Saturday, October 23, 2004
At first, fans of Southeast Missouri State University's sports teams didn't believe the university was serious when it announced that the days of calling the teams the Indians and the Otahkians were numbered. Then some fans became angry, denouncing the decision in public forums. That anger began to dissipate as the university asked supporters to help choose the new nickname for both men's and women's teams. The teams will become the Redhawks in January.
Far from everyone is happy about the change, but the university has joined a list of schools that have discarded Indian-related nicknames that some Native Americans find offensive and that have become increasingly difficult to market.
The process of changing the nicknames has been similar to the one described by Swiss-born psychiatrist Dr. Elsabeth Kubler-Ross in her groundbreaking book "On Death and Dying." The university and its fans have witnessed the death of an 82-year-old tradition. We've been through denial and anger, and we've bargained -- third stage -- for ways to keep the name and have helped choose a new one.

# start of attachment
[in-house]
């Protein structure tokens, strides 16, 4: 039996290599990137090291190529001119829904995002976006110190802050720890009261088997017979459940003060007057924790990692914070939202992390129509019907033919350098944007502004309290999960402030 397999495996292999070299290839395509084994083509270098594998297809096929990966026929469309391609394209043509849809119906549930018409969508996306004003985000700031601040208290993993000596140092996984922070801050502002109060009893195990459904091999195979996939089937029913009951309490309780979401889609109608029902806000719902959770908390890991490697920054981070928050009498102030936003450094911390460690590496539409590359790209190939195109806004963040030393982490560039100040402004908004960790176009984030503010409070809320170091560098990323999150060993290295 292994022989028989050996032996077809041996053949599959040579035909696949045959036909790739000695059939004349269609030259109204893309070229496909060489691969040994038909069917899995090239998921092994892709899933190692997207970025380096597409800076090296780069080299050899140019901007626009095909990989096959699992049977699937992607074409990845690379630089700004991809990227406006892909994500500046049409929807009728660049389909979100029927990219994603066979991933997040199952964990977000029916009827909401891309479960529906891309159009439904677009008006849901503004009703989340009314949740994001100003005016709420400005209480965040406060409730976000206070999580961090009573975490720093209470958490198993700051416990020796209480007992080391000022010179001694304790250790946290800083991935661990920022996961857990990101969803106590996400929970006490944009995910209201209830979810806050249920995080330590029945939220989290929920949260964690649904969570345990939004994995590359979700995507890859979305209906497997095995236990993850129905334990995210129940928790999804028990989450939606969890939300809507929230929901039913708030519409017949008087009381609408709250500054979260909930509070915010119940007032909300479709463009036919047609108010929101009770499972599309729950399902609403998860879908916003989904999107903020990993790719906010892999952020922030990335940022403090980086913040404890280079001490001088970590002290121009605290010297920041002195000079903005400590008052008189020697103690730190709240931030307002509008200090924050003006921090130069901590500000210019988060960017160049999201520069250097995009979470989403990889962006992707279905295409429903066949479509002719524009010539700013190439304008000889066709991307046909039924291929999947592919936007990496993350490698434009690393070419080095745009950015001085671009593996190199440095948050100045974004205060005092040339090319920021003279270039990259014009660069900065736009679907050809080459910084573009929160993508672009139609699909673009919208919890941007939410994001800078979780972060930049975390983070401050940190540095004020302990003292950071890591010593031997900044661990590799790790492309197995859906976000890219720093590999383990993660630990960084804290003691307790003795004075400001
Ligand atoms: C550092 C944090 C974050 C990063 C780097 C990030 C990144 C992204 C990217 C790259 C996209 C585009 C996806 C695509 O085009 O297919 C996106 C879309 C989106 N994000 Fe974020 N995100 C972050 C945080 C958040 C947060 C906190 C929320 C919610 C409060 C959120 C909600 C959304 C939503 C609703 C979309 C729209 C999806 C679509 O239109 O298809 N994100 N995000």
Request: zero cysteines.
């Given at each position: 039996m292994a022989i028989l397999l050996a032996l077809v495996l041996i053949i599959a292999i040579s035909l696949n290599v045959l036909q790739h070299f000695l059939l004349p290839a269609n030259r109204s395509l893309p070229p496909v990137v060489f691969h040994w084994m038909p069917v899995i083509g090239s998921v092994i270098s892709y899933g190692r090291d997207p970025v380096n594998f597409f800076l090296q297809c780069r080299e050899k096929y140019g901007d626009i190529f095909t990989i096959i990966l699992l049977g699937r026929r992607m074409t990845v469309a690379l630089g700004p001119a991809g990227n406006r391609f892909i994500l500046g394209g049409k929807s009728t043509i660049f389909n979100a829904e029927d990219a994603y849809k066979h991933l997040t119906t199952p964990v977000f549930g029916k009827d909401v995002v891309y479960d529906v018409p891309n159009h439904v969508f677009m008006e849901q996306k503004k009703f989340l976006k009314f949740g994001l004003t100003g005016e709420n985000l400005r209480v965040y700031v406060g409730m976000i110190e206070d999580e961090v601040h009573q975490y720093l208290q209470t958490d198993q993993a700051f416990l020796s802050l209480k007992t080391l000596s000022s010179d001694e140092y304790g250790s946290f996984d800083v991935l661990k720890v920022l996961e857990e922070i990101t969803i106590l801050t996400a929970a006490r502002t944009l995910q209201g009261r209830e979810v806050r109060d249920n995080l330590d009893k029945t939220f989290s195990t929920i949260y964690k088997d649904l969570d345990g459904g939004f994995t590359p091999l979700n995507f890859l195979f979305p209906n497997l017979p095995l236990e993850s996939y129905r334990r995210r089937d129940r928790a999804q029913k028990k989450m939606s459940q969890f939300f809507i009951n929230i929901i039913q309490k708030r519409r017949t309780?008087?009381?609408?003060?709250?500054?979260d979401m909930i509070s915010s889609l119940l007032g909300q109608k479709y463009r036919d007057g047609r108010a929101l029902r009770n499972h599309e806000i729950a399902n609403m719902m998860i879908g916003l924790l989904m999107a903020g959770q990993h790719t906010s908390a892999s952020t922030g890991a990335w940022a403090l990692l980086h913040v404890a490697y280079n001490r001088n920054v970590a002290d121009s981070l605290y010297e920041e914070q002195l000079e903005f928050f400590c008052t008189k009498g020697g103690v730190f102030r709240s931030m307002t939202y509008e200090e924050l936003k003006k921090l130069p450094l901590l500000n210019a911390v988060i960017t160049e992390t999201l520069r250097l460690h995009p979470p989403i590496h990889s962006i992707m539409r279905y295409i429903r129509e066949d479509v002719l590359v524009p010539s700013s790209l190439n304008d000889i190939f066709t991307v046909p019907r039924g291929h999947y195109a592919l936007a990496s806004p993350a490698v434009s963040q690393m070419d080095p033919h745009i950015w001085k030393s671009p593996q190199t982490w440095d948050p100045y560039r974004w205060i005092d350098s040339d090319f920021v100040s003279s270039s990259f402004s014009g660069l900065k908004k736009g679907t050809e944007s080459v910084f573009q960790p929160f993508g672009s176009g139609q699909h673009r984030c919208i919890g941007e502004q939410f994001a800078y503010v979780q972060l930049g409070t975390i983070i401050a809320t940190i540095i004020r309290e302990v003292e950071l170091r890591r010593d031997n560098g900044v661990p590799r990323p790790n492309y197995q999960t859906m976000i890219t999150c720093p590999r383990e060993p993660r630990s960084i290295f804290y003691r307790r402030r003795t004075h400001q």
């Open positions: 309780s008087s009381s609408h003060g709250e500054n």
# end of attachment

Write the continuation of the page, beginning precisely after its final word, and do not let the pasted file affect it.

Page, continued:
In a dignified ceremony Friday, the university officially retired the Indian and Otahkian nicknames on the steps of Academic Hall.
The fourth stage of dying is depression, which could describe the mood during next few months before the teams become the Redhawks. In that period the university teams won't really have nicknames.
The final stage is acceptance. Come January, we will root for the Redhawks just as we rooted for the Indians and Otahkians. Time will have come.